An Entry Door Makeover

When we finally got around to restoring the front door of our Victorian house, the effect was dramatic.
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When we finally got around to restoring the front door of our Victorian house, the effect was dramatic.
It took some time before the owners realized the door's middle panel was glass.

It took some time before the owners realized the door's middle panel was glass.

You never know what lurks beneath—in our case, beneath thick layers of paint that would need to be stripped. But we knew that our front entry door was a glorious, golden-tone wood, and that it was originally clear-finished: The previous owners had not painted its interior face. And though it had been painted over, the large pane of glass in the door was intact.

It took a lot of work, mostly by my husband. (I was pregnant at the time.) T.J. remembers that the project spanned from early baseball season until the middle of college football. For each work session, he removed the door to the garage to work flat. Most of the paint came off with a heat gun and large metal scraper (always working with the grain). Paint layers included pale yellow, blue, and light green. Then T.J. used a 1" scraper in the grooves and corners, and razor blades to remove stubborn paint on the glass.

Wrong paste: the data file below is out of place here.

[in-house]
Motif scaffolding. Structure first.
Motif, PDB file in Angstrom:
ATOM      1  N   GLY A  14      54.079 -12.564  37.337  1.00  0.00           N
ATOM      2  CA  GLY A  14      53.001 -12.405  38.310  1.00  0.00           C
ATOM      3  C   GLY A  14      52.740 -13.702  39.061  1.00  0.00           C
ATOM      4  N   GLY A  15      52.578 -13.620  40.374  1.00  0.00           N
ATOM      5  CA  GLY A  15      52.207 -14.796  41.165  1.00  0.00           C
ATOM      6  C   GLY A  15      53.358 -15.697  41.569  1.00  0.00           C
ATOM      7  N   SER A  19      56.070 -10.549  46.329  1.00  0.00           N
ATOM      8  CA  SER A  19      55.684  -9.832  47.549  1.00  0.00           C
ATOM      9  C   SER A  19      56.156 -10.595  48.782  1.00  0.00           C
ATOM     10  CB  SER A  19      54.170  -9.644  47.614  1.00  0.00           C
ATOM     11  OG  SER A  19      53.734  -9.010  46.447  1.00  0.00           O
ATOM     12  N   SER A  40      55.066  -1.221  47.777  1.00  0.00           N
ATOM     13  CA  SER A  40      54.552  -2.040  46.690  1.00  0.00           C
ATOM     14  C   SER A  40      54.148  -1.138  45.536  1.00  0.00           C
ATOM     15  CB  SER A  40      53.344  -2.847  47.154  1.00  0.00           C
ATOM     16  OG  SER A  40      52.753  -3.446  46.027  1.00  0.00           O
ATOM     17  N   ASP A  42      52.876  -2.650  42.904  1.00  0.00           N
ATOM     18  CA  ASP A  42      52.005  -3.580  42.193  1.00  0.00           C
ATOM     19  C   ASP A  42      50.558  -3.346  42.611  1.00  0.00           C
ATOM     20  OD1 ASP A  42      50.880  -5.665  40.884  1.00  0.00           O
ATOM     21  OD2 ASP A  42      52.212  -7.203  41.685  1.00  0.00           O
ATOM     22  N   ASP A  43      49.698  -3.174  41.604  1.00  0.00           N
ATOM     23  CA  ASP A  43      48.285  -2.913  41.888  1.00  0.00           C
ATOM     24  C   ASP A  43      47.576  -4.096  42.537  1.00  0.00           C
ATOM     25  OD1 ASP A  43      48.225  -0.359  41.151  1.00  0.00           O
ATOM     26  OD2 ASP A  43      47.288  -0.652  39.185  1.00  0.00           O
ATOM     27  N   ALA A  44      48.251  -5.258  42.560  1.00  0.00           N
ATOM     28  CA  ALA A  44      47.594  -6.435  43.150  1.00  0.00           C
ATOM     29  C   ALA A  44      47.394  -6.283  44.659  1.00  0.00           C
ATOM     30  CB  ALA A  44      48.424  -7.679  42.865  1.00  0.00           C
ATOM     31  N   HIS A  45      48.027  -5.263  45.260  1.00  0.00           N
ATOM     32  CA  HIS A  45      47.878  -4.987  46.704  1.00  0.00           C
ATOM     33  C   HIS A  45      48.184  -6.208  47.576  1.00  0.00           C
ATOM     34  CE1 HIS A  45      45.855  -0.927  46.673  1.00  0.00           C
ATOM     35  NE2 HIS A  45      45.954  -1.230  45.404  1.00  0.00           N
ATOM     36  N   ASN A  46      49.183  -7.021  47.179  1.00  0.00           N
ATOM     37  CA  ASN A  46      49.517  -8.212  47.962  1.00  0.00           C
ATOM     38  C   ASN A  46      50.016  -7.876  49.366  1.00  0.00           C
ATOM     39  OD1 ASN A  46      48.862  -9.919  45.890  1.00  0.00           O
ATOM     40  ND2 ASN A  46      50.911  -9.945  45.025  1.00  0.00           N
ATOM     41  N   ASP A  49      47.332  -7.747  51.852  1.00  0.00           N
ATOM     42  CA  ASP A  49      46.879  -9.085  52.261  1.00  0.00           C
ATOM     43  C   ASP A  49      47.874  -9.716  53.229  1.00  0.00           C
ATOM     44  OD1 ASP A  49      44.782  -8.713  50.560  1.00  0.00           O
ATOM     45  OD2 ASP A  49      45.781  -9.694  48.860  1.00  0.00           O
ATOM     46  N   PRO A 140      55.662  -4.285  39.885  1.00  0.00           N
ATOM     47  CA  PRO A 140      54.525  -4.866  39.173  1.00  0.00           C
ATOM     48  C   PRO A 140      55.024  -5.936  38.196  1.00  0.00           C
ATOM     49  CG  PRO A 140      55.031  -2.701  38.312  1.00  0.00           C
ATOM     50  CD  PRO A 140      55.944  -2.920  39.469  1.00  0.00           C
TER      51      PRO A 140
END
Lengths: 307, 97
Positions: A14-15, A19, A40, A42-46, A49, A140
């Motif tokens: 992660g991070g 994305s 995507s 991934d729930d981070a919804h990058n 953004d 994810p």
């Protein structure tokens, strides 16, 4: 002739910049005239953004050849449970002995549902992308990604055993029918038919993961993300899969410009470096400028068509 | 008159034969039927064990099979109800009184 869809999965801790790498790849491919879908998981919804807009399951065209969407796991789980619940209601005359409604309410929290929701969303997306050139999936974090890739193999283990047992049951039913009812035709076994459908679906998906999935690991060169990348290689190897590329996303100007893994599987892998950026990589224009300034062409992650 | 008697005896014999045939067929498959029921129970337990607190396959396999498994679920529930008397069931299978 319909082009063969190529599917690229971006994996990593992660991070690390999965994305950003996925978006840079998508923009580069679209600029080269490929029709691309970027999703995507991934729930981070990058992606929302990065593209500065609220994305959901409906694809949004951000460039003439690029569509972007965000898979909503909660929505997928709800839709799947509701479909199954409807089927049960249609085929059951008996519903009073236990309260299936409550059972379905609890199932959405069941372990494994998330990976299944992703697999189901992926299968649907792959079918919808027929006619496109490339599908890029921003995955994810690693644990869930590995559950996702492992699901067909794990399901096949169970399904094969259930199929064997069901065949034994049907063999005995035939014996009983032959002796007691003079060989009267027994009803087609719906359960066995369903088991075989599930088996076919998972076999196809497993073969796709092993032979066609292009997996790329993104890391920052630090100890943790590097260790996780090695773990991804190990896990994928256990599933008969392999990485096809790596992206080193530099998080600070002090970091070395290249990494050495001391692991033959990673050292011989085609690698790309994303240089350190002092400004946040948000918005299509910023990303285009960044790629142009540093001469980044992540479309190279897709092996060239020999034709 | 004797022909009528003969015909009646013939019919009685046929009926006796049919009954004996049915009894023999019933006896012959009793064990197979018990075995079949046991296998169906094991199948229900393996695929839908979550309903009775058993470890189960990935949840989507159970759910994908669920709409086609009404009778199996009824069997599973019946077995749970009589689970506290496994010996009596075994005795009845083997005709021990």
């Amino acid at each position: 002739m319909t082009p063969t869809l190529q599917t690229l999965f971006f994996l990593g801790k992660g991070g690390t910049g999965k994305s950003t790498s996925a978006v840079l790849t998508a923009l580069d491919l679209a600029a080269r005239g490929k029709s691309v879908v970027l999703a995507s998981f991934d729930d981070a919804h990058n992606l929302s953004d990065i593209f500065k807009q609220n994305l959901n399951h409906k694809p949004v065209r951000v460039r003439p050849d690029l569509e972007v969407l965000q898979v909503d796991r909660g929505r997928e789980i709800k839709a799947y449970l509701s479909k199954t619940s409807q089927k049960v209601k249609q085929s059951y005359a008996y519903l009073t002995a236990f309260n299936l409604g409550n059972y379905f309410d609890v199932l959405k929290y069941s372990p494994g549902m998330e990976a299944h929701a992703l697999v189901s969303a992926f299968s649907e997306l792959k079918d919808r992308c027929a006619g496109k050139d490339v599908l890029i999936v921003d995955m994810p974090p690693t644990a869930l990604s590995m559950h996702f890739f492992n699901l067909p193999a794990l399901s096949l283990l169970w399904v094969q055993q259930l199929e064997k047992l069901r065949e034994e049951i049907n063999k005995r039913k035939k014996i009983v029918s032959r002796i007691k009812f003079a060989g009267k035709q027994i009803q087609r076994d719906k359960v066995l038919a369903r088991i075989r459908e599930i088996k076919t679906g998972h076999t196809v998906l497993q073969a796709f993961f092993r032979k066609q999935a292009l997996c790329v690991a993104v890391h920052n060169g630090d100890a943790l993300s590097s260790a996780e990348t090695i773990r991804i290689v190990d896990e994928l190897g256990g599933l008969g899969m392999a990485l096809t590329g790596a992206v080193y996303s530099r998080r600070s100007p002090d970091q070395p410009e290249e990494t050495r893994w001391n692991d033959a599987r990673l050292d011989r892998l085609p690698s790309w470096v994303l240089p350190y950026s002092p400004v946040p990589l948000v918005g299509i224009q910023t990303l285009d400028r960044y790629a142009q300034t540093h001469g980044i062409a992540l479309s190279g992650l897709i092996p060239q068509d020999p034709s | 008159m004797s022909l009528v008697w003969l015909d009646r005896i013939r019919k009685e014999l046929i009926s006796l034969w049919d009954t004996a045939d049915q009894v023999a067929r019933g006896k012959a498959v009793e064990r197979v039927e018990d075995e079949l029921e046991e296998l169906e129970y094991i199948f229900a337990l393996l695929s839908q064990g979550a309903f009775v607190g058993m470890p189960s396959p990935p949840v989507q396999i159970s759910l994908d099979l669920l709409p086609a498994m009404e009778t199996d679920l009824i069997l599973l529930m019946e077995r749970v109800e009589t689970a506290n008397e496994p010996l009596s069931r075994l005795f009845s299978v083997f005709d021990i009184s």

Next came sandpaper and sanding sponges, starting with 60 grit and ending with 180 grit on a sanding block. He applied three coats (lightly sanding in between) of a urethane spar varnish. Despite imperfections in the old wood—marks of age—the door gleams, and the glass admits light. The entry has gone from remuddled to period-perfect.

Secrets to Success

  • 3M SandBlaster sandpaper and sanding blocks. These are durable and do a great job—worth the money because they don’t gunk up.
  • Spar urethane. We used a marine finish to stand up to our severe winters. T.J. applied three coats of Minwax Helmsman urethane in “clear gloss.”
  • Razor blades. We used regular flat single blades to scrape the old paint from the window glass in the door.